At The Cedars — the group’s mansion headquarters — and its grounds, The Fellowship hosts international dignitaries and operates a pair of group homes for young men and women. As in all things, the group has kept a fairly low profile in the neighborhood, though trouble did arise in the early 2000s when some residents of the facility were arrested and pled guilty to two burglaries in the neighborhood.
The show spotlights some conflicts with the neighbors, with members of the Woodmont Civic Association saying The Fellowship has a registry of which neighbors support and which neighbors oppose the organization.
Some of the residents who are critical of The Fellowship have said in the past that the VIP traffic to and from The Cedars is disruptive. Among the high profile visitors to the facility, as detailed by Falls Church News-Press columnist Charlie Clark in 2011:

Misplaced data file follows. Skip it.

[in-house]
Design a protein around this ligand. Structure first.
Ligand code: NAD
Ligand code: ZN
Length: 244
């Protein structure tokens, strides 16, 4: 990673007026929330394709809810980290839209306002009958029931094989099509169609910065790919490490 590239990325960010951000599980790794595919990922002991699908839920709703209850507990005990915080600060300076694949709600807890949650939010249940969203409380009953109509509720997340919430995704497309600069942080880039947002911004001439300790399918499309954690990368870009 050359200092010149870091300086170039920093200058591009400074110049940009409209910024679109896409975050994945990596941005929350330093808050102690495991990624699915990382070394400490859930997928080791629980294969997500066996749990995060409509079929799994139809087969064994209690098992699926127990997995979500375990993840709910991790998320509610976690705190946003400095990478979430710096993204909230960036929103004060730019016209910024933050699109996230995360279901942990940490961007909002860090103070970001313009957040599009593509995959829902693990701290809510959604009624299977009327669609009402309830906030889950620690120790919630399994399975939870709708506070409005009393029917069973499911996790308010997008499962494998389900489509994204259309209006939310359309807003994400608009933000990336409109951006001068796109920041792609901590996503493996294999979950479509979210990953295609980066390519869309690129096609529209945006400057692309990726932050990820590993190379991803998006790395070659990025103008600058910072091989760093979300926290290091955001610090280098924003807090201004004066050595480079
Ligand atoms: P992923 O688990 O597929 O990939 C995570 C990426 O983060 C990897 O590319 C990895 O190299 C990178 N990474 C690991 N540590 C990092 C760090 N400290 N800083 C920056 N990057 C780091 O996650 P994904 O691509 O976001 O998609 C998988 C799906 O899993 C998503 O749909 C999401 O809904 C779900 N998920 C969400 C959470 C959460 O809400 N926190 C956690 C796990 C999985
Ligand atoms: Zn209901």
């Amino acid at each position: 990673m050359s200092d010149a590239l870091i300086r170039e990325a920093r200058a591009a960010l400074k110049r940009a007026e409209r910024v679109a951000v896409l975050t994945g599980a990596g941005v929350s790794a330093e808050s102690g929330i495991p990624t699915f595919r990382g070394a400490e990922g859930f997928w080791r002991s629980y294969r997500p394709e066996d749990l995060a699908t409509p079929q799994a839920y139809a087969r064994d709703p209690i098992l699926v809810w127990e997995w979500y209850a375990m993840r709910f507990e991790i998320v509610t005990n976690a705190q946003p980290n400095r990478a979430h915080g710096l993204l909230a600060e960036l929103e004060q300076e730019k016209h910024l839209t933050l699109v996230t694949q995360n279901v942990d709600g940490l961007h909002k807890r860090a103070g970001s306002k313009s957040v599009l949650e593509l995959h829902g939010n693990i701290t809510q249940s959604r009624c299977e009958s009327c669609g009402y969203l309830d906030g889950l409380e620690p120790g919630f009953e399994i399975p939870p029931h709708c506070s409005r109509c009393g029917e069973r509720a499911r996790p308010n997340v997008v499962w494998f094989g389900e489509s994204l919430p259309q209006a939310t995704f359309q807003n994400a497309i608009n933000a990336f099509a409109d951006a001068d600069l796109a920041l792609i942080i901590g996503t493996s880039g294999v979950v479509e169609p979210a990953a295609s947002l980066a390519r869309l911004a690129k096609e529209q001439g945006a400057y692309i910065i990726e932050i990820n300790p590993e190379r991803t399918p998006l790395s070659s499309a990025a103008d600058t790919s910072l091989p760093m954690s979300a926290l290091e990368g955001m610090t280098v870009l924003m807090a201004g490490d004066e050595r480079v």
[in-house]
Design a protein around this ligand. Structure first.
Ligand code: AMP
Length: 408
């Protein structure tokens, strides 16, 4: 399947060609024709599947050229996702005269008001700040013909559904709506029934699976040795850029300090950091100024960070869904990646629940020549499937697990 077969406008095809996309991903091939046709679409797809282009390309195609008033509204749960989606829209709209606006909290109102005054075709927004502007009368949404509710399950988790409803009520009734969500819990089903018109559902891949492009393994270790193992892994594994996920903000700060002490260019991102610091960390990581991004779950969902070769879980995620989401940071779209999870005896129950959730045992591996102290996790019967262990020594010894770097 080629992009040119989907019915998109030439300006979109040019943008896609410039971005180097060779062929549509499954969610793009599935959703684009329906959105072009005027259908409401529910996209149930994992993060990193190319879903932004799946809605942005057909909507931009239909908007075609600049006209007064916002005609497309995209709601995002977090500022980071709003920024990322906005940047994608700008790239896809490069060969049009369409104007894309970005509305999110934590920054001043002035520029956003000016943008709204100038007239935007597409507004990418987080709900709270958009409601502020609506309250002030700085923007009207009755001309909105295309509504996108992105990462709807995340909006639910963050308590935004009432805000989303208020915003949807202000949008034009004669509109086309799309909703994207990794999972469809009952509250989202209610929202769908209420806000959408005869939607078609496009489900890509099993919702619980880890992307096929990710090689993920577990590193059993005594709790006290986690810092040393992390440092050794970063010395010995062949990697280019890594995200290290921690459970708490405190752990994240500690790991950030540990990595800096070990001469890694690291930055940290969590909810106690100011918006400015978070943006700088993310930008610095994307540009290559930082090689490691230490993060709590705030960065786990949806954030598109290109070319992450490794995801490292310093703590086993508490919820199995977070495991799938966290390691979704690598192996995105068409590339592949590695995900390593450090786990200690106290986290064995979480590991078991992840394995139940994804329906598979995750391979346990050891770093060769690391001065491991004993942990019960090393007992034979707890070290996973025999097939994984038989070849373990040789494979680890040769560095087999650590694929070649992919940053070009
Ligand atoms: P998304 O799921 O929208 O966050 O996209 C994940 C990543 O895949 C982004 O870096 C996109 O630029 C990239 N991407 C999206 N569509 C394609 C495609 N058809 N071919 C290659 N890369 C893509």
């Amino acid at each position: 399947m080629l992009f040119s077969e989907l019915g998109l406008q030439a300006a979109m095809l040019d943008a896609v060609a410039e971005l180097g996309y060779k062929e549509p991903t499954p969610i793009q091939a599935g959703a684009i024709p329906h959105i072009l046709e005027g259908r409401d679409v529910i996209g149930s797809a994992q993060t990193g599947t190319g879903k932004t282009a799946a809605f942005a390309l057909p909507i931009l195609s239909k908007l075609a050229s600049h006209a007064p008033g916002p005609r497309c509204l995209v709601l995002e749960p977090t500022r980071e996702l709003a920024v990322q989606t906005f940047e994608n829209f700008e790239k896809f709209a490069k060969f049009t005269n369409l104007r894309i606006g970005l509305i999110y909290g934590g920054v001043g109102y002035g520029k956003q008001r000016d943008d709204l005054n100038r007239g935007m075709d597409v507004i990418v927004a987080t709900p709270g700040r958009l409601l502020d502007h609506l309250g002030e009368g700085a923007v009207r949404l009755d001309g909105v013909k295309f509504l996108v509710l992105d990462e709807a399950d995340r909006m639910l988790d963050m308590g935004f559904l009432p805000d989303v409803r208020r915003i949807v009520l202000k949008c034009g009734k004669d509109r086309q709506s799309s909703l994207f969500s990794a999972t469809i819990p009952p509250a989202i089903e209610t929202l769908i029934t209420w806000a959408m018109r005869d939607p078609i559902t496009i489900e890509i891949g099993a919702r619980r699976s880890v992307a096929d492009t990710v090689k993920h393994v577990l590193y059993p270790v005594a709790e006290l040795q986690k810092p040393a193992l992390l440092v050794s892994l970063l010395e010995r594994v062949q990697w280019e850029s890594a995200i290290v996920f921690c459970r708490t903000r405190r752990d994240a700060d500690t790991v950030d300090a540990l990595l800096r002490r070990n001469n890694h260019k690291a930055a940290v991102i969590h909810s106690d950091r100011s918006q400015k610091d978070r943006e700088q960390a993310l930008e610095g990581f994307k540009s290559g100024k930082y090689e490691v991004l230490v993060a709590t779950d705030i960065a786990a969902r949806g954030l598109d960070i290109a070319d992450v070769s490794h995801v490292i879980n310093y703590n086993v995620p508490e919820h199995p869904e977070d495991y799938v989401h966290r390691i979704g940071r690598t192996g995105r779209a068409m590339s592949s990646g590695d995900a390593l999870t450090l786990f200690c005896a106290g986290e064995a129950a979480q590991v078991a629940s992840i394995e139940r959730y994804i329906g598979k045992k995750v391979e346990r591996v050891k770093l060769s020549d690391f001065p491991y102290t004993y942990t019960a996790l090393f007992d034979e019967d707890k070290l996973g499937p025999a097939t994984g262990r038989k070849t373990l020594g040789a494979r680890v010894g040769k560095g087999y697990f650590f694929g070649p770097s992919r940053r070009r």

Hillary Clinton in her memoir wrote of an uplifting lunch in the mansion as a new first lady in 1993; singer Michael Jackson borrowed its rooms soon after the 9/11 attacks; conscience-troubled Republican strategist Lee Atwater and disgraced United Way chairman William Aramony took refuge on its bucolic grounds; so did Supreme Court Justice Clarence Thomas during his Anita Hill ordeal.
Some attention was focused on the organization in recent years as high-profile sex scandals involving politicians pointed back to The Fellowship. The second episode of the show focuses on the Arlington group’s connection to the C Street Center, a townhouse in D.C. reportedly operated by The Fellowship that housed members of congress at discounted rates.
The show also questions the tax-exempt status of an organization that operates, according to the documentary, more like a private club than a church. According to Arlington County records, the Arlington locations owned by Fellowship Foundation Inc. are considered tax-exempt.
Arlington resident Roey Hadar, a 23-year-old journalist at WETA-TV in Shirlington, is a Jeopardy champion.